Players will always be on the lookout for special upgrade materials. The thrill of building a large haul to take back at the end of a mission grows as the mission progresses, and climaxes in the escape portion at the end of each mission.
Upgrades are minor buffs and not at all necessary to perform well, but it makes the collection of credits and resources feel more meaningful. Becoming a better miner and a more reliable companion will give veteran players a feeling of accomplishment.
Players also earn perk points based on their achievements in game. Perks can provide solid bonuses and new abilities that are useful in game; such as faster recovery, hover boots, or a berserker rage.
Though perks are shared across all characters, the only thing that isn’t are cosmetics and gear upgrades. Cosmetics are locked behind the overall account level, meanwhile it will take playing each and every class to unlock the class-specific gear upgrades.
Experience is earned for each mission and account experience is based on your combined levels across all classes. When playing multiplayer you won’t always get your preferred class, as selection is on a “first come first serve” basis. This means you have to either find a lobby with your preferred class unclaimed, or make your own lobby if you want to play a specific character.
Players can invest hours in upgrading equipment, collecting cosmetics, and earning in-game credits. This might sound grindy, but there’s a fine line between grindy and replayability, which Deep Rock Galactic falls on the right side of.
Deep Rock Galactic is fully voiced, though there’s not much dialogue in the first place. Exposition and warnings are given by an ugly dwarf at Mission Control, who’s constantly watching monitors to warn players of incoming swarms of enemies, or inform them of the current status of their mission.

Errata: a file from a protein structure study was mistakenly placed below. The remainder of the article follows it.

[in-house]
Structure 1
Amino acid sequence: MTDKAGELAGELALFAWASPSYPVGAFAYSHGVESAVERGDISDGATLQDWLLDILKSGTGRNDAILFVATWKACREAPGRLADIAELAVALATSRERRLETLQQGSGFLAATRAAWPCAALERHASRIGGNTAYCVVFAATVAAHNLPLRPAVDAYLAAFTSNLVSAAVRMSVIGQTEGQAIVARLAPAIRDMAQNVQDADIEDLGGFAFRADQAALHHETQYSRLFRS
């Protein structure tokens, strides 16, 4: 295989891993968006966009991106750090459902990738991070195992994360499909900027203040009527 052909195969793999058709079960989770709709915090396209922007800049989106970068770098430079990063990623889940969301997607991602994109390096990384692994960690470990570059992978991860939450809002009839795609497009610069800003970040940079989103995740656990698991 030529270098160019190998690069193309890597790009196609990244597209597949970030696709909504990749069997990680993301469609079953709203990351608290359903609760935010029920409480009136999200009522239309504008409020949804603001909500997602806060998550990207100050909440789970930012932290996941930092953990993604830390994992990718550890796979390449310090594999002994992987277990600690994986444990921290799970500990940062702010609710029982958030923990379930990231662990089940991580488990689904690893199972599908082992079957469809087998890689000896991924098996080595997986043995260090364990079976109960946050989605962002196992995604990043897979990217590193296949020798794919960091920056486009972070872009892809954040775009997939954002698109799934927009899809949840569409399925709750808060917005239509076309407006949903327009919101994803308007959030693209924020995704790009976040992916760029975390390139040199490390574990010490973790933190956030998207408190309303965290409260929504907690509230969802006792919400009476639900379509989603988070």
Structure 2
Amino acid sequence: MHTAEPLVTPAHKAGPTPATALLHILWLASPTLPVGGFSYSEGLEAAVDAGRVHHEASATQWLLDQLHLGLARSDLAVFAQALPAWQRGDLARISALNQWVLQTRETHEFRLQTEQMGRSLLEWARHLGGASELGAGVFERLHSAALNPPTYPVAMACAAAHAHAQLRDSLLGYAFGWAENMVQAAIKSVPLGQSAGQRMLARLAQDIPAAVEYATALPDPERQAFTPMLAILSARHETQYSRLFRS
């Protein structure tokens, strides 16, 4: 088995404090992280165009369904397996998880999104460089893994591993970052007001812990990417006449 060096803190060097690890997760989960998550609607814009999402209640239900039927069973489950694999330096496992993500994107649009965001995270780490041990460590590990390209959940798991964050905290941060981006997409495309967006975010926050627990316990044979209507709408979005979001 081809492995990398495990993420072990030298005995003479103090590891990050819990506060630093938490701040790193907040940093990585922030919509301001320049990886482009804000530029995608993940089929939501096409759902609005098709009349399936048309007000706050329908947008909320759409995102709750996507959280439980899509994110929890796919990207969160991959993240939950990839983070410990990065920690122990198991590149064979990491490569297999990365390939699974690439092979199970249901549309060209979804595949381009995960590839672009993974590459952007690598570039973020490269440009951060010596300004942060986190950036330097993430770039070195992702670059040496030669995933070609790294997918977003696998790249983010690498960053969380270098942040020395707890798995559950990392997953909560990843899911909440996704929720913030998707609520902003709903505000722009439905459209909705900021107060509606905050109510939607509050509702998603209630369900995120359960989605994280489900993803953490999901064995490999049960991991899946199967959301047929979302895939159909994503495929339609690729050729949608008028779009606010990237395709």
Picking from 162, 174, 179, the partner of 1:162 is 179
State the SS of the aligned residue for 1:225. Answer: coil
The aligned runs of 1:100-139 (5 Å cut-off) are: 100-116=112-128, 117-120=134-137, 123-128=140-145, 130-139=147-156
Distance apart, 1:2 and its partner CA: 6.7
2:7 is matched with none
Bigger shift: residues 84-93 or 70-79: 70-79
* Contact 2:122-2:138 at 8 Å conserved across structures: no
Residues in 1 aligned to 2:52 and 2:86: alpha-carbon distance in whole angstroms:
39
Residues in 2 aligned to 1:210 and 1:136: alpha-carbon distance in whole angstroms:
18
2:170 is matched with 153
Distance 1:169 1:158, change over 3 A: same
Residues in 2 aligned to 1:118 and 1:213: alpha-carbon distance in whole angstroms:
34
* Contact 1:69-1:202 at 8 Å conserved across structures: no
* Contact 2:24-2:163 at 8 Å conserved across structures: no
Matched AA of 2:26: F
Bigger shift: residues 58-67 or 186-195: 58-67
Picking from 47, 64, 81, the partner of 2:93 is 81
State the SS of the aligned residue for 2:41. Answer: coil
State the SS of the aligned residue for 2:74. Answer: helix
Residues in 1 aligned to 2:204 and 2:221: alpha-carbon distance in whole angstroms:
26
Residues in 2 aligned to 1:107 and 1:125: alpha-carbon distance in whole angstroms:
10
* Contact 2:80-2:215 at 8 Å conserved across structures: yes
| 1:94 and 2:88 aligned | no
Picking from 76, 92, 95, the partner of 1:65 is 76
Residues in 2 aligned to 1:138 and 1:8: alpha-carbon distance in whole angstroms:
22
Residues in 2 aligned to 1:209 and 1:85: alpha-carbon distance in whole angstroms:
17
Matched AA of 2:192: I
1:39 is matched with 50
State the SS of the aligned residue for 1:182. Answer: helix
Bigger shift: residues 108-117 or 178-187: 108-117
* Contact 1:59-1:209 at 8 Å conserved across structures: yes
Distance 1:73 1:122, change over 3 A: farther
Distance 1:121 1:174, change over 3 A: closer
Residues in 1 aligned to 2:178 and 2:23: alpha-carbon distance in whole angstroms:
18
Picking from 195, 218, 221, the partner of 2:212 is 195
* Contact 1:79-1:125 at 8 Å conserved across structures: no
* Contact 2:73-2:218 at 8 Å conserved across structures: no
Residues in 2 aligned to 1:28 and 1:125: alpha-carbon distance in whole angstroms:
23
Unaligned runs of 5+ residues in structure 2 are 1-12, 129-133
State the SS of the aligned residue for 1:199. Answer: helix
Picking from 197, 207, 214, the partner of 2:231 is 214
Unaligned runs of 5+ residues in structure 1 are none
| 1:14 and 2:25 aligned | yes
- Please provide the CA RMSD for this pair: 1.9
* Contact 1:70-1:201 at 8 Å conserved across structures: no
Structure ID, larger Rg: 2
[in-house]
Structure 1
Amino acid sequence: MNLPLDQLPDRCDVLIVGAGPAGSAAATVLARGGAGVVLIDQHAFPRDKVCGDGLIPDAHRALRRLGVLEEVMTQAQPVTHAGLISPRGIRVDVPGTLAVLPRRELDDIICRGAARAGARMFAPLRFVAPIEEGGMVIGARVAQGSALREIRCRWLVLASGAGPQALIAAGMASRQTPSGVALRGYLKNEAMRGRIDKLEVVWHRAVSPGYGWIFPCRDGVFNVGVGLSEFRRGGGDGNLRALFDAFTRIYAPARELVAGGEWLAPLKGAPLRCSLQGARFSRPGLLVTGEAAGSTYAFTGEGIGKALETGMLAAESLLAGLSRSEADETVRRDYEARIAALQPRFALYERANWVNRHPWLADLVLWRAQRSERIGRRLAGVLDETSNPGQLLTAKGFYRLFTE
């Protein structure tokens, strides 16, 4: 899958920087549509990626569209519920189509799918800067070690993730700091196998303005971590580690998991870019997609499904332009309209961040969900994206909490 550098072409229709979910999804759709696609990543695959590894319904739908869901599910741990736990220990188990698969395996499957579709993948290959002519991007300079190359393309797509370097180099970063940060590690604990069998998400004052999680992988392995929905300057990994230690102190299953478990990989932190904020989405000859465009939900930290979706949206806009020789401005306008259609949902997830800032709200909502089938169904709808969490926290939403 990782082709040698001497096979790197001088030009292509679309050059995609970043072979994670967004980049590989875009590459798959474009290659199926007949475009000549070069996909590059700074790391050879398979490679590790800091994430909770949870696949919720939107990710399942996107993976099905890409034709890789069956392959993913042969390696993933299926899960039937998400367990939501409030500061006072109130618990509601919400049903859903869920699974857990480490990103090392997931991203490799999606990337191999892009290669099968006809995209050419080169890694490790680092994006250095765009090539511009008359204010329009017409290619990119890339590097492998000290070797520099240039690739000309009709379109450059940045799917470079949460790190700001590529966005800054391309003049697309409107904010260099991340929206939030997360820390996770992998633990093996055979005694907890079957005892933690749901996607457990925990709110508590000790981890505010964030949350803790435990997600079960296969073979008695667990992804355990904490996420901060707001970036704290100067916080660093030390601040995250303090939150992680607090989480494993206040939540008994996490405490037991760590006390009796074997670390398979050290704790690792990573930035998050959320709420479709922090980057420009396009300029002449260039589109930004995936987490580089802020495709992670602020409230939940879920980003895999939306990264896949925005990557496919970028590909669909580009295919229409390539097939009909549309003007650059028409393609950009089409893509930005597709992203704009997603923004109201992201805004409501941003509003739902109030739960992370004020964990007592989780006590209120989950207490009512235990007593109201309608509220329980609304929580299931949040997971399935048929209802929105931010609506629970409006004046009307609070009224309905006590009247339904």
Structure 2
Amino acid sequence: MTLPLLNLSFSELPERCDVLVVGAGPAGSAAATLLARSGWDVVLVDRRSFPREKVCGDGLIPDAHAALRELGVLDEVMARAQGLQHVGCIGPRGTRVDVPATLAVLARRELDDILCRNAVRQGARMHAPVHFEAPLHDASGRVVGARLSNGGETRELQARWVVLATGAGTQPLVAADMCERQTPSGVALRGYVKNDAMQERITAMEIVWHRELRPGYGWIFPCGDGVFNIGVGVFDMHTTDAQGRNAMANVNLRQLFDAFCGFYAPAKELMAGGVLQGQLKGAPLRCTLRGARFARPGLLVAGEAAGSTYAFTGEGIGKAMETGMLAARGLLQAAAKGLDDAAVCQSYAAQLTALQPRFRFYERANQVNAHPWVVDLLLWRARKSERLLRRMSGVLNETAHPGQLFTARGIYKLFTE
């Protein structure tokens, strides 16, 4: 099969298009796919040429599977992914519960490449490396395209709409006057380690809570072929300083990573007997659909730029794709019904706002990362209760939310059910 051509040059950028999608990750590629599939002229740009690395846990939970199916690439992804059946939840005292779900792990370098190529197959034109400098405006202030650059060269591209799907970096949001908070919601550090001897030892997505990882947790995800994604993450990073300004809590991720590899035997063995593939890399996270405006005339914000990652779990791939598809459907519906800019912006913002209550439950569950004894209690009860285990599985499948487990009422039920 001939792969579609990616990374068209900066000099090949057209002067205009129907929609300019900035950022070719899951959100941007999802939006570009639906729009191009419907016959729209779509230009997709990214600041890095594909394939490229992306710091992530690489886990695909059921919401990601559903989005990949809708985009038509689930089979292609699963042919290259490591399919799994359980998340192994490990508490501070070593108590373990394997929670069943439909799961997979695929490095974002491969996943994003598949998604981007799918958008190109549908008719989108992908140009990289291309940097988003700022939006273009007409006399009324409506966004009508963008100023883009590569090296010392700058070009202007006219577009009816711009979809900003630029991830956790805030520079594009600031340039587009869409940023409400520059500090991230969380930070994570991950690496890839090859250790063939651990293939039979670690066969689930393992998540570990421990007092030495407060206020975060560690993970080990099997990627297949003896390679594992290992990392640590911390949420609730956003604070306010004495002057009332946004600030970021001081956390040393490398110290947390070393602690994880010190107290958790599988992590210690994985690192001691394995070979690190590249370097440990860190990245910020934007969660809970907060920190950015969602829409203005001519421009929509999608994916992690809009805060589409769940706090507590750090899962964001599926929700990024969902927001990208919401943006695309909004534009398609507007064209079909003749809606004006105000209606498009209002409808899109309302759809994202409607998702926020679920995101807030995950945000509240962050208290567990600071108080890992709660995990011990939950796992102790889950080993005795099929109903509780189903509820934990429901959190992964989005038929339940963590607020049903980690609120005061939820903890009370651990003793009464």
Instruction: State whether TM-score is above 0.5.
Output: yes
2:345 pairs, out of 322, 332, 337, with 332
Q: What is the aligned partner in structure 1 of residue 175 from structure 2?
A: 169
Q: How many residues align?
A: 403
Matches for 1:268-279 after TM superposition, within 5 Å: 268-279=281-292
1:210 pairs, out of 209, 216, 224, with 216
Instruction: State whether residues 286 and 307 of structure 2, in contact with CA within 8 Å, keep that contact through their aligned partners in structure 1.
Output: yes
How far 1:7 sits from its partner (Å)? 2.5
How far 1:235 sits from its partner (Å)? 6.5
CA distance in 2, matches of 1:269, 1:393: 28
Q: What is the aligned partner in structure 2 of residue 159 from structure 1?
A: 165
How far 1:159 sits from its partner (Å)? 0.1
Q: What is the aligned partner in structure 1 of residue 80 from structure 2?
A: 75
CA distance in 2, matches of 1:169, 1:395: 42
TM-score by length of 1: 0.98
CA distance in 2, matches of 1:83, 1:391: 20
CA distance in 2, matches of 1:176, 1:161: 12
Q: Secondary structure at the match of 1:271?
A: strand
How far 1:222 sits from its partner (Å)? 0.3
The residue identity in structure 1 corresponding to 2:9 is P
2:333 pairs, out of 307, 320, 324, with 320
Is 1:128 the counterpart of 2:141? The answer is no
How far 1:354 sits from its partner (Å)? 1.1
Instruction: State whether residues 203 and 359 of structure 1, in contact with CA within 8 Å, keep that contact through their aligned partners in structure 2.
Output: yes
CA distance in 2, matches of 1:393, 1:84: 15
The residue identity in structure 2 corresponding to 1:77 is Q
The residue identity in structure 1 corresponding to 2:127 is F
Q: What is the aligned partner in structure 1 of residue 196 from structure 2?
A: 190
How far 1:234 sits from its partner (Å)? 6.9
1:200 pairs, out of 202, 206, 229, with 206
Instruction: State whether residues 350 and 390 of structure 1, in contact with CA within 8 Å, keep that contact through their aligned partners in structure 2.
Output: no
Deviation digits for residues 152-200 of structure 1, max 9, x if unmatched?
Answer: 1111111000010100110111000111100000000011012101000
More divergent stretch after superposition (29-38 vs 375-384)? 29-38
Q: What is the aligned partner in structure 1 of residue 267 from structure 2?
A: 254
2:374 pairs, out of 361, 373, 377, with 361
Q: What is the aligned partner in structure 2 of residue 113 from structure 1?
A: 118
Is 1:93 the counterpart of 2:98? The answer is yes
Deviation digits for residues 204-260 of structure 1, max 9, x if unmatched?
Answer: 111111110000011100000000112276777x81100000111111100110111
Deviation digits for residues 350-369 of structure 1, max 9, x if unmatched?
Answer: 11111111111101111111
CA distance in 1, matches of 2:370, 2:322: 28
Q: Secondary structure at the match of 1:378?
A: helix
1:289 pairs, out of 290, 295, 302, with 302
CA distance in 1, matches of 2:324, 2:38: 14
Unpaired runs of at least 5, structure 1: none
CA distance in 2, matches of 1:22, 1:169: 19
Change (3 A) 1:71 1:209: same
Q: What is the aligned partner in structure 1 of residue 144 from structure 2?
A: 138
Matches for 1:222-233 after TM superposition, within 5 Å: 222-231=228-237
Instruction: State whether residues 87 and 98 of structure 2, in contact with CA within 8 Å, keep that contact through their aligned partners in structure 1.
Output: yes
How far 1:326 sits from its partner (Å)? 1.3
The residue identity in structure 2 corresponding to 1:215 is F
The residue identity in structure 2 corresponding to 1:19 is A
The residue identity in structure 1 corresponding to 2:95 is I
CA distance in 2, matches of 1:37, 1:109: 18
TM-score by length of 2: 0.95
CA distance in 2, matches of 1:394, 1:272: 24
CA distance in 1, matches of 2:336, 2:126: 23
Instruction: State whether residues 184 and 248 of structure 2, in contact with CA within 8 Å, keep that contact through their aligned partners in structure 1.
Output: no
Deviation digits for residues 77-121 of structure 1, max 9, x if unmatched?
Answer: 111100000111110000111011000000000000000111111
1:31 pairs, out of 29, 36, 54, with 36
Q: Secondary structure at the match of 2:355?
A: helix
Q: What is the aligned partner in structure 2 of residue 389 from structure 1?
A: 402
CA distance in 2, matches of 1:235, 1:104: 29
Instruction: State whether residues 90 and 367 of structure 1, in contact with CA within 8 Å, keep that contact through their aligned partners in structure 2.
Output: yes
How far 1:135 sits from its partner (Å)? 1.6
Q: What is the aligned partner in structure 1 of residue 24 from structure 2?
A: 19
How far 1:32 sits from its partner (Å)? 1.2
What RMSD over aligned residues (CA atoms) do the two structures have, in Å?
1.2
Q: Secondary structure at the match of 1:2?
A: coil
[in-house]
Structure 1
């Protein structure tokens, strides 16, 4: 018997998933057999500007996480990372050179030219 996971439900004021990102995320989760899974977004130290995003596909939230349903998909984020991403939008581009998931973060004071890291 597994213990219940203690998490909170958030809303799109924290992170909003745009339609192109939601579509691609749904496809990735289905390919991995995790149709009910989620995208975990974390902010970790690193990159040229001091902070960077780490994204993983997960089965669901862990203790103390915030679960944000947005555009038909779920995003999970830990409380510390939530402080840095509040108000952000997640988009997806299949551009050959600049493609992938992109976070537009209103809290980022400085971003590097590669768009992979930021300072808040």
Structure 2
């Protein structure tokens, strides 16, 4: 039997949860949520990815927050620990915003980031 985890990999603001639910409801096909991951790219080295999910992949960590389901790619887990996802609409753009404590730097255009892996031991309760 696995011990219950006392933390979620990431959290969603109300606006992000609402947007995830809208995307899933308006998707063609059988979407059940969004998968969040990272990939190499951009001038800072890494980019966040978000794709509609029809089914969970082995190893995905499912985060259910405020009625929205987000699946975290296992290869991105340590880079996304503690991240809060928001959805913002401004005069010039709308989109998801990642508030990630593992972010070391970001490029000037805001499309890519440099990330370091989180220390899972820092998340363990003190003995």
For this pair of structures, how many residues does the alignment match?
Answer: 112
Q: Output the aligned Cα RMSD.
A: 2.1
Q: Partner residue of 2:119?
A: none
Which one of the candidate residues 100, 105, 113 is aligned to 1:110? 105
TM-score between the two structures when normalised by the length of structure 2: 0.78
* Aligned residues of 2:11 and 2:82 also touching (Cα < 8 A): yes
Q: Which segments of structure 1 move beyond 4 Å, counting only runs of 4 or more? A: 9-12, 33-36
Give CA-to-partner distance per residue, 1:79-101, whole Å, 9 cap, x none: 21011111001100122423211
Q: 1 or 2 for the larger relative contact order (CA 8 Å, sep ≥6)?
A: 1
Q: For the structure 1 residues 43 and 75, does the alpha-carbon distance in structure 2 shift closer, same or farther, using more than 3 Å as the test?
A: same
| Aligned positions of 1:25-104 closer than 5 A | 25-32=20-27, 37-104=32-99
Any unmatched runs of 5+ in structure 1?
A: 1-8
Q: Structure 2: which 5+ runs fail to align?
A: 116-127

Each dwarf has their own voice for making callouts, and calling for help when grabbed by certain enemies or downed. Otherwise the dwarves don’t speak very much themselves.
The stages are accompanied by ambient music that matches the biome the mission takes place in. Which is usually pretty subdued until enemies appear then it becomes frantic.
Rather than the stage music, during the ending phase of a mission the dwarves have only a limited time to return to their dropship. Once the timer starts, the music becomes this dramatic synthwave melody.
It ebbs and flows, with the expected intensity for the situation. That of blue collar space dwarves fighting their way through a horde of bugs to get back home.
The story of Deep Rock Galactic is at present not very deep, in fact it might never be deeper than it appears but it has potential. The crew is employed by the eponymous Deep Rock Galactic corporation in charge of retrieving resources from the hostile planet Hoxxes IV.
The corporation itself is very straight-laced and mysterious. Mission Control is constantly monitoring the going-ons of the crew, and seems to have little issue with throwing away lives and expensive equipment in the pursuit of Morkite and other alien resources.
There are hints of a deeper story, but the game doesn’t need to pursue it. What story does exist serves its purpose just fine as a rationalization for the gameplay, and Deep Rock Galactic isn’t any worse for not exploring more of its setting.
Ultimately, Deep Rock Galactic is a fantastic game for those who like Left 4 Dead or games like it. The squad based missions are infinitely more fun with friends though, and similar to Sea of Thieves the game is more enjoyable with others.
For those wanting a semi-casual squad-based shooter, Deep Rock Galactic is the way to go. What could be better than grabbing a few friends, picking the blue-collar beardling of your choice, and putting in an honest day’s work moving dirt and squishing bugs?
Deep Rock Galactic was reviewed on Windows PC using a personal copy. You can find additional information about Niche Gamer’s review/ethics policy here.